I’ve noticed lately that I do this more and more often. I get up to grab a stamp, only to forget why I walked over to my desk. I’ll turn on the dishwasher, realizing too late that I had already washed those dishes. I remind myself to buy tokens for the laundry room, only to get to the basement with two filled bags of dirty clothes, detergent, and fabric softener and no way to run the machines.

Worse still, I’ll run into my neighbor in the laundry room and completely blank out her name. Until an hour later, while I’m playing Tetris on Gameboy, when I remember her name, her ex-boyfriend’s name, and the name she gave her new laptop.

Or while working, I’ll open a new tab to search for something, get sidetracked by incoming email or a phone call, turn back to the open tab with no recollection of what I needed to look for.

Is it ADD? Dementia? Early onset Alzheimer’s? Just another symptom of growing older?

So I’ve started paying attention to reports and new research on ways to improve memory. And though some studies recommend certain chocolate or moderate drinking or standing on your head while reciting the alphabet backwards, it seems that there are 10 basic ways to boost brain power:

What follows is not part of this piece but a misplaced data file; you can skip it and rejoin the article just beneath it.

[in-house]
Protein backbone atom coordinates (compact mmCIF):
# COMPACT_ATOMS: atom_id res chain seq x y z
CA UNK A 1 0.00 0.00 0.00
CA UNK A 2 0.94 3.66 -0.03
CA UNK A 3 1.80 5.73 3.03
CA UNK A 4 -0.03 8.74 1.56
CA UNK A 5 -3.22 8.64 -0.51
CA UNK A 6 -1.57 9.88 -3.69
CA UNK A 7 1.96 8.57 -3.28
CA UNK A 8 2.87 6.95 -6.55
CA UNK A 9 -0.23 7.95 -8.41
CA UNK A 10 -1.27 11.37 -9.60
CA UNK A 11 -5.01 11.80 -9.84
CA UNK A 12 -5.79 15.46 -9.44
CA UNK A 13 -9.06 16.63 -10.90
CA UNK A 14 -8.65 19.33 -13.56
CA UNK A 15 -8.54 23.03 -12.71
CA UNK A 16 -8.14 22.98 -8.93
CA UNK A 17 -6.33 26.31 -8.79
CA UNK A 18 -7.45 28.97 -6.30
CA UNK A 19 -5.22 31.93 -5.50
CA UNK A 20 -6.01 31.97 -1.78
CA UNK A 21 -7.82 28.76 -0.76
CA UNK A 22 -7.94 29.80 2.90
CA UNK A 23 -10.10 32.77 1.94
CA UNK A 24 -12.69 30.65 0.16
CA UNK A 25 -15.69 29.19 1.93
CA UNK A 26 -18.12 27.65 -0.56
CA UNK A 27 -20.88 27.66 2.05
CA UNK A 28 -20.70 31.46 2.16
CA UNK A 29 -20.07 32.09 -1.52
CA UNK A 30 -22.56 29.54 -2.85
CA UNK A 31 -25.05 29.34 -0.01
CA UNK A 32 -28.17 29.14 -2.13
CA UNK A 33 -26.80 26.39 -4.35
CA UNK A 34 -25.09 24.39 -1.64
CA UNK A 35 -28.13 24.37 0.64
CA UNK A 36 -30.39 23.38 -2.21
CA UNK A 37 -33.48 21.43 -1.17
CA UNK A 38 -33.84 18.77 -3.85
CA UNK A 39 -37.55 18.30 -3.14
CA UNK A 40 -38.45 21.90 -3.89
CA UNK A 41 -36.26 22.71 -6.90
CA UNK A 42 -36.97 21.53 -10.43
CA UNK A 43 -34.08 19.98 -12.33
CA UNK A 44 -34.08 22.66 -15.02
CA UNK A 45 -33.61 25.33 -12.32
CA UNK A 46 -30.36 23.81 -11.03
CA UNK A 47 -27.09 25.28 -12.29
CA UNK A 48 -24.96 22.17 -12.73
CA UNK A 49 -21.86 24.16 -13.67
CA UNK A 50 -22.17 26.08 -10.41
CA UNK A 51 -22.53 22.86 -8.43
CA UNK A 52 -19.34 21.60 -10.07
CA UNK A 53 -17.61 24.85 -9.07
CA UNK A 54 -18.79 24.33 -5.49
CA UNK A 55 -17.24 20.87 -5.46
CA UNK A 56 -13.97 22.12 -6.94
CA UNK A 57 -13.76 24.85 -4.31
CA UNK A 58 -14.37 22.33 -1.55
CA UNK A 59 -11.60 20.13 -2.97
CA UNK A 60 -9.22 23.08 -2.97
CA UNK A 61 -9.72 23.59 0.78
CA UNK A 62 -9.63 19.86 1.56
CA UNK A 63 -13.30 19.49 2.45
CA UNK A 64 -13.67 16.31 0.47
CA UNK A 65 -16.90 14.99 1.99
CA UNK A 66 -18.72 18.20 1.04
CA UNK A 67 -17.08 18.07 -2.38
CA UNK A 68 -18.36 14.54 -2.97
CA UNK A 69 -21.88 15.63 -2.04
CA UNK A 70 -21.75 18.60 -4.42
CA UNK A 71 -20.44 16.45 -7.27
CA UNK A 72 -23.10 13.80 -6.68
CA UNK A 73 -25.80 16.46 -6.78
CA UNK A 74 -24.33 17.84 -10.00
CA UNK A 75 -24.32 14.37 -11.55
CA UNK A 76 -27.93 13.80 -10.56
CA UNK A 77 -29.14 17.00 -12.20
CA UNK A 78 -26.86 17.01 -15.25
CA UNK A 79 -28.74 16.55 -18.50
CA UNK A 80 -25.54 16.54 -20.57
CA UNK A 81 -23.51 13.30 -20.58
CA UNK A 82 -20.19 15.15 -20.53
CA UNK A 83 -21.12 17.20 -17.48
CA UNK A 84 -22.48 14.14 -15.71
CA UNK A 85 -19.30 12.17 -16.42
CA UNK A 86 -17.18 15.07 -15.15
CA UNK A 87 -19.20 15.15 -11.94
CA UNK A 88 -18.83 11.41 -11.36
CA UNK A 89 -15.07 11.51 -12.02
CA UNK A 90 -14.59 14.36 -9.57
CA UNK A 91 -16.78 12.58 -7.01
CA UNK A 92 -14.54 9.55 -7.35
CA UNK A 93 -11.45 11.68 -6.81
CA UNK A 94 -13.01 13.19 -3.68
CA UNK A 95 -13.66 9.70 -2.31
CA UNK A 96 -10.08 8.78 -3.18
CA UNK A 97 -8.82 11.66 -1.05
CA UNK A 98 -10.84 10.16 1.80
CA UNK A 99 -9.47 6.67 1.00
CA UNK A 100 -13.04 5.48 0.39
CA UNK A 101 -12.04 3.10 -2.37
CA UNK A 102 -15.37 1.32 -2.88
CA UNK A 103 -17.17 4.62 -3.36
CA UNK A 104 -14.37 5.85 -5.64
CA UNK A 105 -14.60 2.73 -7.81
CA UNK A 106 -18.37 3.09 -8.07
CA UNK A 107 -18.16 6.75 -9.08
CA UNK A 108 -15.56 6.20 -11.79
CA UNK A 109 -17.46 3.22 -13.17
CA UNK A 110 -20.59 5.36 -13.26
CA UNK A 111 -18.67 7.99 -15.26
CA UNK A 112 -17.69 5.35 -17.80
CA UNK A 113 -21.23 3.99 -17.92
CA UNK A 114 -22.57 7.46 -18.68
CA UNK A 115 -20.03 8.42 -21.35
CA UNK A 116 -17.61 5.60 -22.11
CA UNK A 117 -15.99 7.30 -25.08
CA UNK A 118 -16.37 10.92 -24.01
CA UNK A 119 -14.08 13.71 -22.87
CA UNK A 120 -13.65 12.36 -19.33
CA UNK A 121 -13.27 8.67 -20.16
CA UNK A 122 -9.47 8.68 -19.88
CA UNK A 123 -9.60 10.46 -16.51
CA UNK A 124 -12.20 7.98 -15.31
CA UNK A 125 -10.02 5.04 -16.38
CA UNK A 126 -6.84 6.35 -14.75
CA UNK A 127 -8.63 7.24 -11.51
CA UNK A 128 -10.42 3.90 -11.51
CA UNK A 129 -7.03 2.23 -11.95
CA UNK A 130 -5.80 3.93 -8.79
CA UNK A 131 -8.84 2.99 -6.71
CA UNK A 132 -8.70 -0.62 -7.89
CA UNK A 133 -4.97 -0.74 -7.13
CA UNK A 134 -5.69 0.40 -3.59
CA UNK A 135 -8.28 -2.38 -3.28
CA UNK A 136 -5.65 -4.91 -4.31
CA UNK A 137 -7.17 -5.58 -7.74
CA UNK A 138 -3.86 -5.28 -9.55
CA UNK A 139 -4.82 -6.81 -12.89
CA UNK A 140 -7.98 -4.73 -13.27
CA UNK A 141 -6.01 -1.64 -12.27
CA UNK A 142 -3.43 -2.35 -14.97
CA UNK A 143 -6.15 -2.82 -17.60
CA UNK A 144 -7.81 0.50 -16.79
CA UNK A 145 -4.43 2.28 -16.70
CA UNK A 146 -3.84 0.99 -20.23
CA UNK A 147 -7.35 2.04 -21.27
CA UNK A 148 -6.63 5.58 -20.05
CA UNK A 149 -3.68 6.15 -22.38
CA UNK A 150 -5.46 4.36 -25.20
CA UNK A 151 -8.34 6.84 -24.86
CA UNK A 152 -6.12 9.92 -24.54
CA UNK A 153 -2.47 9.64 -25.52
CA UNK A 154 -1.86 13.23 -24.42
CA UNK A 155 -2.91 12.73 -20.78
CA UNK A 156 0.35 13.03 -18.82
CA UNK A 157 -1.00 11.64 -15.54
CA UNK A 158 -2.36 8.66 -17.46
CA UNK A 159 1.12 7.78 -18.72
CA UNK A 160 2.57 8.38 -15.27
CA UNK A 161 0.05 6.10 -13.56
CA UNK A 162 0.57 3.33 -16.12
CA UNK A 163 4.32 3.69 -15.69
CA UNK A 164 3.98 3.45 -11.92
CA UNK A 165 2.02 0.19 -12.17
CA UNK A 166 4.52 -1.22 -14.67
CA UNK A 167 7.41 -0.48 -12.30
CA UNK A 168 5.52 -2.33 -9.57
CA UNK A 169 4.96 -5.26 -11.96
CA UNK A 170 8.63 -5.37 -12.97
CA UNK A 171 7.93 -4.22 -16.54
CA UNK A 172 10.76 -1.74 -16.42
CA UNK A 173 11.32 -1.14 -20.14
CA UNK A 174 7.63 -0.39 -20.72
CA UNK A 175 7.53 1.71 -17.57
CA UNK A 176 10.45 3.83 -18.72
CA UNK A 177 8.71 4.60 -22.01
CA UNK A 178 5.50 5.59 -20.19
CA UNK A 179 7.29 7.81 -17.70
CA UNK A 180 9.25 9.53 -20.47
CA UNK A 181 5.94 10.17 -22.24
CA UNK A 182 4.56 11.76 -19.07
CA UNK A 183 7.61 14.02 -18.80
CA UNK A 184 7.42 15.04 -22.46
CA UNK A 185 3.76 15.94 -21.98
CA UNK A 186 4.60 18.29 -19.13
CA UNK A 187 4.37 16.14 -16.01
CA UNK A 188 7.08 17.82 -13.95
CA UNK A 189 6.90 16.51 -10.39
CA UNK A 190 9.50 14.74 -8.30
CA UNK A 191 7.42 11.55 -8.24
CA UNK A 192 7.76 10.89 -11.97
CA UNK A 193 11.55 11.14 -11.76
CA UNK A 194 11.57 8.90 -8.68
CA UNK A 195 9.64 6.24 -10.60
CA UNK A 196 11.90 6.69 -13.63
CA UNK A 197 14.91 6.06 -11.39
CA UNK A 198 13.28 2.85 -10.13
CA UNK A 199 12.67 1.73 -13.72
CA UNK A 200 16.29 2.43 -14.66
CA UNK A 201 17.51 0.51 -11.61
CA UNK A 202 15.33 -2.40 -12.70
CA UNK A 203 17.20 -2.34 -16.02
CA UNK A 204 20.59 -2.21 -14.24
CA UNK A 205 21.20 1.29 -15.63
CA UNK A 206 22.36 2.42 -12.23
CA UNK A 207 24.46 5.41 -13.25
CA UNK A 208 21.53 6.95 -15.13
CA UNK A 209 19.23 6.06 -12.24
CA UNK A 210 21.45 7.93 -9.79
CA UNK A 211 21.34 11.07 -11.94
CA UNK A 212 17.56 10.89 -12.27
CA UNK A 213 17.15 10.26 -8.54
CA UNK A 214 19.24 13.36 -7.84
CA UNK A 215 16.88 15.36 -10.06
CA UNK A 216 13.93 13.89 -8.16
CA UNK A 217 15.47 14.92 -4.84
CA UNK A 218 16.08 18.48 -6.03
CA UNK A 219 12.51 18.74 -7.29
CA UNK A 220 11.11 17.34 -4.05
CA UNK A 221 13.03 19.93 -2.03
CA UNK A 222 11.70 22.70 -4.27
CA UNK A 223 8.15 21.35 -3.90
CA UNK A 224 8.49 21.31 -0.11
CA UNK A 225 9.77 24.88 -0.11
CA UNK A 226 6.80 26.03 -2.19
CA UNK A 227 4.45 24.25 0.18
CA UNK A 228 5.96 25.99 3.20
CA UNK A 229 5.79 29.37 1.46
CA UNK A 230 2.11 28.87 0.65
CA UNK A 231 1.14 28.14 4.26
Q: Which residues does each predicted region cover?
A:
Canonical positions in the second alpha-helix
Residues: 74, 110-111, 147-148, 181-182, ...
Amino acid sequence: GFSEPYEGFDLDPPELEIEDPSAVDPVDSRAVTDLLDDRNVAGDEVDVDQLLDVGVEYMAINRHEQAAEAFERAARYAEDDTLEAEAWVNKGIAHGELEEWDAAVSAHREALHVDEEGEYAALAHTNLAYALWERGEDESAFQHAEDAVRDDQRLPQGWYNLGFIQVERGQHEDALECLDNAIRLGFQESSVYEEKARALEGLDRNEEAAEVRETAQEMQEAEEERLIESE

1. Cardiovascular exercise for a least 30 minutes per day ie. a brisk walk

2. Daily cup of caffeinated coffee or soda

3. Green or black tea

4. Reduce stress and become a yoga enthusiast

5. Sleep

6. Eat foods like blueberries and grapes; include supplements like Omega-3 fatty acid, Thiamine, Niacin, and Vitamins B-6 and E

7. Use your brain — learn a language or how to play a musical instrument

8. Learn mnemonic techniques like a memory palace.

9. Organize your life — if you always place your keys on a peg beside the door, you won’t struggle to remember where you last put them.

10. Write in a journal everyday — even if you forget, you can always look back on your own private record.

Do you feel like you’re losing your mind? What do you do to better remember?